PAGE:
Another with the one I love ?? #models1xskinnydip

A post shared by Emmerzz (@emmabreschi) on

"When people say I’m a plus size model, I don’t know what to say because I don’t categorize myself in the way I look"

You’ve posted nude pictures of yourself on Instagram – what about the female form is so fascinating to you?

My mum’s quite religious and sometimes she’s like ‘why are you posting these kind of pictures?’ and I’m like ‘well, mum, I’ve done worse – I’ve been naked prancing around in a forest for work. It’s my job.’  And she’ll say ’yeah but you get paid to do that.’ I don’t agree with that necessarily though –  just because I’m getting paid to be naked for shoots doesn’t mean that me shooting nudes for myself is bad. With nudity, if it’s coming from a place of positivity and if you’re being naked to inspire, motivate and project self-love then by all means do it. But if you’re posing in the nude for that quick fix or attention then you’ve got it all wrong.

Some of my friends have been like ‘that’s a bit raunchy Emma?’ I’m like, ‘it’s only raunchy because I’m a curvier girl. Because I have boobs!’ If it was a girl who had smaller boobs they would be like ‘Oh, fashion!’ – because society has put that out there. This whole categorizing women is actually annoying for me, like when people say I’m a plus size model,  I don’t know what to say because I don’t categorize myself in the way I look.

"I fluctuate between looking like an old man tourist to an 80s porn star!"

Talk me through your experience shooting for Vivienne Westwood’s AW17 campaign?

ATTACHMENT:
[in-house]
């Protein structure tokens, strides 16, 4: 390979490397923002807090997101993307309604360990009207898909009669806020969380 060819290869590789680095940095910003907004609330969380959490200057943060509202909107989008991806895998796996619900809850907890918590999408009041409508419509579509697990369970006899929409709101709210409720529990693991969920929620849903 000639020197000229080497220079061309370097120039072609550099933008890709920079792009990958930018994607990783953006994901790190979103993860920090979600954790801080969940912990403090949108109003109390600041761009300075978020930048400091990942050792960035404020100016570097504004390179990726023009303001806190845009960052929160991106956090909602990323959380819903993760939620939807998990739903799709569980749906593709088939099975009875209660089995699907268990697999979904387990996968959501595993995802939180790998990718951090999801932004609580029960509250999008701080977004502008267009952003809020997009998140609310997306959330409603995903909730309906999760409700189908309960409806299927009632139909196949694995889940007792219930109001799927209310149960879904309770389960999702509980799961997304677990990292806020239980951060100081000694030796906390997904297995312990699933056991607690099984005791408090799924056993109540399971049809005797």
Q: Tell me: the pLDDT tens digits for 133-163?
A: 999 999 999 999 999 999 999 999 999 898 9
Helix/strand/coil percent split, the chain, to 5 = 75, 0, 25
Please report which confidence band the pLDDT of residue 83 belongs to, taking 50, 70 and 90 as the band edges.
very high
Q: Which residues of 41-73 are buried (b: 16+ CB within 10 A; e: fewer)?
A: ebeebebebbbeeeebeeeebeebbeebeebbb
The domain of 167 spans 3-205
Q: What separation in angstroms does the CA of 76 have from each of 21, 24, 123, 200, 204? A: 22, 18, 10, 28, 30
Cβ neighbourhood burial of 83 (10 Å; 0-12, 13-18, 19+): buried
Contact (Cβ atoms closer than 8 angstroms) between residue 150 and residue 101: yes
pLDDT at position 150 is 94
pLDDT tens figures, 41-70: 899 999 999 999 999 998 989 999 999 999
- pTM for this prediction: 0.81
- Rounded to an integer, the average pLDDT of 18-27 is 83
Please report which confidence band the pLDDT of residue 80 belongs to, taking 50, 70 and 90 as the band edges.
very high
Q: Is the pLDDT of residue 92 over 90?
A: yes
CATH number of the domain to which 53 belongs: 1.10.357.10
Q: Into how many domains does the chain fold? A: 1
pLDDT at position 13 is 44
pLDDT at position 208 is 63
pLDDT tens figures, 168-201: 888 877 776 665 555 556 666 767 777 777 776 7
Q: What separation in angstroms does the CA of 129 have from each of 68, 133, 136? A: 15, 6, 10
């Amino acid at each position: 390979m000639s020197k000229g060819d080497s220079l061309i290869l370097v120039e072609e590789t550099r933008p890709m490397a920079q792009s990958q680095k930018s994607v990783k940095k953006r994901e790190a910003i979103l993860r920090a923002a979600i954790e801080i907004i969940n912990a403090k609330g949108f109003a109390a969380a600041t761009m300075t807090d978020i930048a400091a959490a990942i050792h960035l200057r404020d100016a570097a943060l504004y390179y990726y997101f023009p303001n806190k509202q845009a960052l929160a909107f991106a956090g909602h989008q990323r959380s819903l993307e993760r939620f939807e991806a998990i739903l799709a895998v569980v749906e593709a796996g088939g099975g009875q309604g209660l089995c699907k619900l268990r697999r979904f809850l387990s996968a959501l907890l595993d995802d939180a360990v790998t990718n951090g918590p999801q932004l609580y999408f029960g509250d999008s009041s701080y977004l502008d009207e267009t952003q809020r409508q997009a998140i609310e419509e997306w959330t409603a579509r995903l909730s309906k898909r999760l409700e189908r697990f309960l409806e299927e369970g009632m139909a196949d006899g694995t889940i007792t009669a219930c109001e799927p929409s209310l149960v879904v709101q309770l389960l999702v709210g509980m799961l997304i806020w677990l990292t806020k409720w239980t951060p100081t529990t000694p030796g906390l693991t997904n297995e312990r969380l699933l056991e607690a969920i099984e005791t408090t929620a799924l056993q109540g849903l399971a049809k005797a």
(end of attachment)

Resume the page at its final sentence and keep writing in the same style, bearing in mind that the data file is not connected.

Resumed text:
I remember when it came to the group shot at the end for some reason Juergen [Teller] said, ’is Emma in the shot? What is she gonna wear?’ They’d shot all my looks and I didn’t have an outfit. I was like ‘LOL what if I go naked? I could put a plate in front of me.’ Part of me was like ‘fuck I shouldn’t have said anything!’ I was partly joking, but it seemed to work…

Do you think social media has the power to promote change? 

With social media it’s kind of like a love/hate thing with me. Some people say social media is so bad for you  because it disconnects you from the world blah blah blah and, to a certain extent, its true: if you’re like at home 24 hours on Instagram. But if you utilize social media as a tool to benefit your life or benefit other peoples lives you can do amazing things with it. I am constantly inspired by other people through social media.

You’re a model and a photographer – do both careers feed into one another? 

Loads of people ask me which one I prefer and I honestly don’t think I’d be the photographer I am today if I hadn’t become a model; the two go hand in hand. When I’m on shoots it doesn’t feel like ‘ugh, okay I HAVE to do this.’ I just learn so much. With photography, most people know what they like and they have their distinct style. With me, I’m still learning. I try to just tell a story I get very inspired by people that I meet.

Is there anything career-wise you’d love to conquer next? 

I’d love to try directing. I loved Zoe Lister Jones’ indie comedy Band Aid – females are doing great things in film today and I would love to be part of that.

You can follow Emma Breschi on Instagram here